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Bringing Rounds Back to the Patient: A One-Year Evaluation of the Chiefs’ Service Model for Inpatient Teaching

Bennett, Nadia L. MD; Flesch, Judd D. MD; Cronholm, Peter MD, MSCE; Reilly, James B. MD, MS; Ende, Jack MD

doi: 10.1097/ACM.0000000000001459
Research Reports

Purpose: The Chiefs’ Service (CS), a structured approach to inpatient teaching rounds, focuses on resident education and patient-centered care without disrupting patient census sizes or admitting cycles. It has five key elements: morning huddles; bedside rounds; diagnostic “time-outs”; day-of-discharge rounds; and postdischarge follow-up rounds. The authors hypothesized the CS model would be well received by residents and considered more effective than more-traditional rounds.

Method: The CS was implemented on Penn Presbyterian Medical Center’s general medicine inpatient service using a quasi-experimental design. Its first year (January 2013–January 2014) was evaluated with a mixed-methods approach. Residents completed end-of-rotation evaluation questionnaires; 20 CS and 10 traditional service (TS) residents were interviewed. Measures of resident agreement on questionnaire items were compared across groups using independent sample t testing. A modified grounded theory approach was used to assess CS residents’ perspectives on the CS elements and identify emergent themes.

Results: The questionnaires were completed by 183/188 residents (response rate 97%). Compared with TS residents, CS residents reported significantly greater satisfaction in the domains of resident education and patient care, and they rated the overall value of the rotation significantly higher. The majority of CS residents found the CS elements to be effective. CS residents described the CS as focused on resident education, patient-centered care, and collaboration with an interdisciplinary team.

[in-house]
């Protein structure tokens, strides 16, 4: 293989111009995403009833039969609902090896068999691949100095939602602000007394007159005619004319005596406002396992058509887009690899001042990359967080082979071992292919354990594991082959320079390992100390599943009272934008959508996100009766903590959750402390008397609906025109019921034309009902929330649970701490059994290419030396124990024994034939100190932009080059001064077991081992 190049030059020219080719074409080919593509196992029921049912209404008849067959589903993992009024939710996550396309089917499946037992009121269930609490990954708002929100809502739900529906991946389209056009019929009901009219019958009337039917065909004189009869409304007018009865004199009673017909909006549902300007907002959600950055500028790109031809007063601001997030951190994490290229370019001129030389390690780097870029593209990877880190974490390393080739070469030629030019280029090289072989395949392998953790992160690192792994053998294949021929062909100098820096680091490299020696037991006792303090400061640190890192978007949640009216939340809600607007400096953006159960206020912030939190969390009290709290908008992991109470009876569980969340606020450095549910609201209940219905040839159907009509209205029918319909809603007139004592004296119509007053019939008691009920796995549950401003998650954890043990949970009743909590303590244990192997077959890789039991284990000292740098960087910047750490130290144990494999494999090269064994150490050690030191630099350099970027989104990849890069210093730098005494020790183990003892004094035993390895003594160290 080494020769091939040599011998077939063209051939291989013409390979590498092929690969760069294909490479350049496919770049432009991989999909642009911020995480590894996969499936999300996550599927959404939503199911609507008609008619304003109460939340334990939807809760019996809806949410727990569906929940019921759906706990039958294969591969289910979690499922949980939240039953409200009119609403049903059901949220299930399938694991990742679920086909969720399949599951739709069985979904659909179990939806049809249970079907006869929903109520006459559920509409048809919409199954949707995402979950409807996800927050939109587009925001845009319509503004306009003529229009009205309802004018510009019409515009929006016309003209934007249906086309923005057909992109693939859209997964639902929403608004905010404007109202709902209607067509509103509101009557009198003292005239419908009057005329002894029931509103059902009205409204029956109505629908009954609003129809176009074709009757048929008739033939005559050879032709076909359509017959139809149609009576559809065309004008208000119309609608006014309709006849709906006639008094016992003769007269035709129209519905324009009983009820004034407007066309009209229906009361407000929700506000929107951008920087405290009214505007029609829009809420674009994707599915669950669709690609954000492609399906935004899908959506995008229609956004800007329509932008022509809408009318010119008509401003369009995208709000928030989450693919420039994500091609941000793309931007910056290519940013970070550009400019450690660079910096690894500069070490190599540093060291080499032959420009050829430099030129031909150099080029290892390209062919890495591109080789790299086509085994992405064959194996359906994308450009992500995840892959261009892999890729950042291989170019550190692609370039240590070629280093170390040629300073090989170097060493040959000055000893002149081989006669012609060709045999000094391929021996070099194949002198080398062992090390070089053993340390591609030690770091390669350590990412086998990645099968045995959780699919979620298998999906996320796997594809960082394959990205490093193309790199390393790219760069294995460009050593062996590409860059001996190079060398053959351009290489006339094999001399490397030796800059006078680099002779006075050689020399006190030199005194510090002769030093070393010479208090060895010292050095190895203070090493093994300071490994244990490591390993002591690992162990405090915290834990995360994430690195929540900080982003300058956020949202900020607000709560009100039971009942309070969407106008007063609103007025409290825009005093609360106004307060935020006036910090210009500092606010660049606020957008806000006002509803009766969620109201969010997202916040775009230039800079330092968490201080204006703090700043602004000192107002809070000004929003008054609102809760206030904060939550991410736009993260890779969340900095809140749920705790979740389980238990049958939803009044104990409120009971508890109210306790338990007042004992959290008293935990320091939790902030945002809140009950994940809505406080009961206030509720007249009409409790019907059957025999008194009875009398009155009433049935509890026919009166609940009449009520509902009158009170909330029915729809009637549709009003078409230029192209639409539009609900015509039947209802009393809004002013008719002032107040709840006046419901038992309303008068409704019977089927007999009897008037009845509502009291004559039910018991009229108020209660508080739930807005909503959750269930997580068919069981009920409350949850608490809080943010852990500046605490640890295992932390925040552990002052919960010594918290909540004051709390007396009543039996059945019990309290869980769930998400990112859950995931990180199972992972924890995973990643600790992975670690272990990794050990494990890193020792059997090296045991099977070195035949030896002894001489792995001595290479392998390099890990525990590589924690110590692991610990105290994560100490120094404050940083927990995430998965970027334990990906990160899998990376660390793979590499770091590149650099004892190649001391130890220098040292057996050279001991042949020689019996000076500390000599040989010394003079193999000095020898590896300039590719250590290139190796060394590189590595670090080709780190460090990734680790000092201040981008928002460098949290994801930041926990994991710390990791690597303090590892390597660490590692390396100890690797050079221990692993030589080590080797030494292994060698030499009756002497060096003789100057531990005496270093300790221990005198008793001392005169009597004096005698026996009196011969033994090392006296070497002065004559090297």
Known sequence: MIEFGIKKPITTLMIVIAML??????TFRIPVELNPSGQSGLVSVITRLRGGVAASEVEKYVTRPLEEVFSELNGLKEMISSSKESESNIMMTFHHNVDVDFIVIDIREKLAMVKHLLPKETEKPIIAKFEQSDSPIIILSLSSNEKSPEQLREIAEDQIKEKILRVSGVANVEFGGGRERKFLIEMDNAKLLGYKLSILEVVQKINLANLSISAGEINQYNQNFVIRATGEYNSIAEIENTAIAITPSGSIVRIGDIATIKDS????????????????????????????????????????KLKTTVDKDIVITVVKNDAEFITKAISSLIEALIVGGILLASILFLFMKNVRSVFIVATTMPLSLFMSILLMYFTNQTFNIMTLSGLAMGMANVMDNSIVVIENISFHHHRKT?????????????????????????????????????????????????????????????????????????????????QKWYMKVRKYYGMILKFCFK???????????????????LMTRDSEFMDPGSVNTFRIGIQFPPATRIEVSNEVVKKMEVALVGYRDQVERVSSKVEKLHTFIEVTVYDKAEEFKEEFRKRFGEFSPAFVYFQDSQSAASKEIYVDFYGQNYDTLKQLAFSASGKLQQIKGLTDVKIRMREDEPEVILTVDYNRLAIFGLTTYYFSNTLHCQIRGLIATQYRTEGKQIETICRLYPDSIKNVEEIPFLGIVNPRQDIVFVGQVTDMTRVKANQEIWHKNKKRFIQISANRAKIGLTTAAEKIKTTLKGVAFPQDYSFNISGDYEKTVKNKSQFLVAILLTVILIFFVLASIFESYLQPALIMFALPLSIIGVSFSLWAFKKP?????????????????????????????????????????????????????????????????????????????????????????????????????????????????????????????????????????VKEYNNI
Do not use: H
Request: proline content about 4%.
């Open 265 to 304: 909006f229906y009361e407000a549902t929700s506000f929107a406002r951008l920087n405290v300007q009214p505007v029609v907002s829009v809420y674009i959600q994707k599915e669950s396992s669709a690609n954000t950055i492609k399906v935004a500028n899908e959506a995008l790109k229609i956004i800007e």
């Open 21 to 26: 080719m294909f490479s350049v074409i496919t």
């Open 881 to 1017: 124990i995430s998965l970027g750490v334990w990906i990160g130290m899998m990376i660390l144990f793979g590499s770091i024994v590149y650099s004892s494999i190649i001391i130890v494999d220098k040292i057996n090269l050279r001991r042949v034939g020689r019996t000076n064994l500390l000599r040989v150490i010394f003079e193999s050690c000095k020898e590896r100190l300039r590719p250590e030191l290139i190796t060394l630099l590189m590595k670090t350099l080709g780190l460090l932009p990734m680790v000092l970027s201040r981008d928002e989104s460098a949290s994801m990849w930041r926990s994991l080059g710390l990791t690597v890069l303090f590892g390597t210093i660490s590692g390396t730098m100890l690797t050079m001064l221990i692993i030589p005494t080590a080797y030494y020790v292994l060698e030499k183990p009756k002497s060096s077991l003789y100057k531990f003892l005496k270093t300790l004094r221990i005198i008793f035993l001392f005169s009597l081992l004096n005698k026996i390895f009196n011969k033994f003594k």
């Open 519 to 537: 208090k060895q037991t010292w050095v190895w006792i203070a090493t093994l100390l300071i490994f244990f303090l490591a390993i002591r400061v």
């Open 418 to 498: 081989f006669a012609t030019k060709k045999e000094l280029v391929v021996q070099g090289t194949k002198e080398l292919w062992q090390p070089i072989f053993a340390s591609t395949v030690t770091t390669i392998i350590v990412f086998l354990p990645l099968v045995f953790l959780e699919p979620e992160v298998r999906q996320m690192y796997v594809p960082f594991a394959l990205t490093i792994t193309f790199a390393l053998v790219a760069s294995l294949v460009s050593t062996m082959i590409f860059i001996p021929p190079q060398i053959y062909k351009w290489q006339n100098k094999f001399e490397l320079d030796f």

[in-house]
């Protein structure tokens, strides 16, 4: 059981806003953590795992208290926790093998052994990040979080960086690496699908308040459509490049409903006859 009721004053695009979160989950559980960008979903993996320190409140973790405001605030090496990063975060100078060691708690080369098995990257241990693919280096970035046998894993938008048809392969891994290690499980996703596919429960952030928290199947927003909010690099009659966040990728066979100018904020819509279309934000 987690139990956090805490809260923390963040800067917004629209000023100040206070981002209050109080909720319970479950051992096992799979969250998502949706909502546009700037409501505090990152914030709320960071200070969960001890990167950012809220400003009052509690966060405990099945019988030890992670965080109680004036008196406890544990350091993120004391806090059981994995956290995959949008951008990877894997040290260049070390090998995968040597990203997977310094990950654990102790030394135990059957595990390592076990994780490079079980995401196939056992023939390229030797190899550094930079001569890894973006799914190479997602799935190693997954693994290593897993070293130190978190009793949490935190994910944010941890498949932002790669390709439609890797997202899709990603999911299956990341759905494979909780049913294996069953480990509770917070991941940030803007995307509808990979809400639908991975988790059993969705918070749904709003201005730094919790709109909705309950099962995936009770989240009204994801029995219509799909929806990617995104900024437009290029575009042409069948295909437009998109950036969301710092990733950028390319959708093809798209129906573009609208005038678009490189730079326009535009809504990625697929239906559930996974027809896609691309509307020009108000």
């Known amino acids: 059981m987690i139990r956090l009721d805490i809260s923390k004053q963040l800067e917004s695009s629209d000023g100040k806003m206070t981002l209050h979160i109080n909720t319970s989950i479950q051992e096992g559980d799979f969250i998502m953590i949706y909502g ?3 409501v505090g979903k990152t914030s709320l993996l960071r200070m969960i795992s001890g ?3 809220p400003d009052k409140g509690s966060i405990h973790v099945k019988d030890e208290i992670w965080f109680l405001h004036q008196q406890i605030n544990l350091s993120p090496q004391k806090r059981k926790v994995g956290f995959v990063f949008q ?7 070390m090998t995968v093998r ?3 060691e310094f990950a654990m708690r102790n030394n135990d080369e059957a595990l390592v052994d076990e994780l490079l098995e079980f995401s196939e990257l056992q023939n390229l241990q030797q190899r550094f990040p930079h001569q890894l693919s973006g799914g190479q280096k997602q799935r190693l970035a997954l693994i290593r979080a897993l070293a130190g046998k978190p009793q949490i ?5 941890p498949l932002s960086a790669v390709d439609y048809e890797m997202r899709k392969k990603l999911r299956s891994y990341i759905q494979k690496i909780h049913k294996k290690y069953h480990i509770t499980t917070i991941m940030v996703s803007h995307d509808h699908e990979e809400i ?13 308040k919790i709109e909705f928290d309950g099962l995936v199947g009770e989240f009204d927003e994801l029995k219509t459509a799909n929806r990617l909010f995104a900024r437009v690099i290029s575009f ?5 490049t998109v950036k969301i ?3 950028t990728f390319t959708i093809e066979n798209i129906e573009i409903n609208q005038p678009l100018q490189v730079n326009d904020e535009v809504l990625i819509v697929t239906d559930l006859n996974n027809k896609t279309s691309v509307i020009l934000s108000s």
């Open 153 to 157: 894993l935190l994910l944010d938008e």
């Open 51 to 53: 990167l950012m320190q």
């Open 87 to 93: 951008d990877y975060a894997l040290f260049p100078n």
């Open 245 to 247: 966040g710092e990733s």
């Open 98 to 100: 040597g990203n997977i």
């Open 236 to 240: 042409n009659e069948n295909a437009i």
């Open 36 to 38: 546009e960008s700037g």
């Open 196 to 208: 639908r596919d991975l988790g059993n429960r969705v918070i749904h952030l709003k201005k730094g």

Conclusions: The CS approach to inpatient rounding is seen by residents as valuable and is associated with positive outcomes in terms of residents’ perceptions of learning, interdisciplinary communication, and patient care.

N.L. Bennett is codirector, Internal Medicine Clerkship, and assistant professor of clinical medicine, Perelman School of Medicine at the University of Pennsylvania, Philadelphia, Pennsylvania.

J.D. Flesch is associate program director, Internal Medicine Residency, and assistant professor of clinical medicine, Perelman School of Medicine at the University of Pennsylvania, Philadelphia, Pennsylvania.

P. Cronholm is associate professor of family medicine and community health, Perelman School of Medicine at the University of Pennsylvania, Philadelphia, Pennsylvania.

J.B. Reilly is internal medicine residency program director, Allegheny Health Network, Pittsburgh, Pennsylvania, and assistant professor of medicine, Temple University School of Medicine, Philadelphia, Pennsylvania.

J. Ende is Schaeffer Professor of Medicine, Perelman School of Medicine at the University of Pennsylvania, Philadelphia, Pennsylvania.

Supplemental digital content for this article is available at http://links.lww.com/ACADMED/A401.

Funding/Support: This work was supported by a grant from an anonymous, private, philanthropic family foundation.

Other disclosures: None reported.

Ethical approval: The institutional review board of the University of Pennsylvania approved the study (IRB approval number: 817005; date approved: January 2, 2013).

Correspondence should be addressed to Nadia Bennett, Hospital of the University of Pennsylvania, 3400 Spruce St., Maloney Building, Room 5019, Philadelphia, PA 19104; telephone: (443) 854-3706; e-mail: nadia.bennett@uphs.upenn.edu.

© 2017 by the Association of American Medical Colleges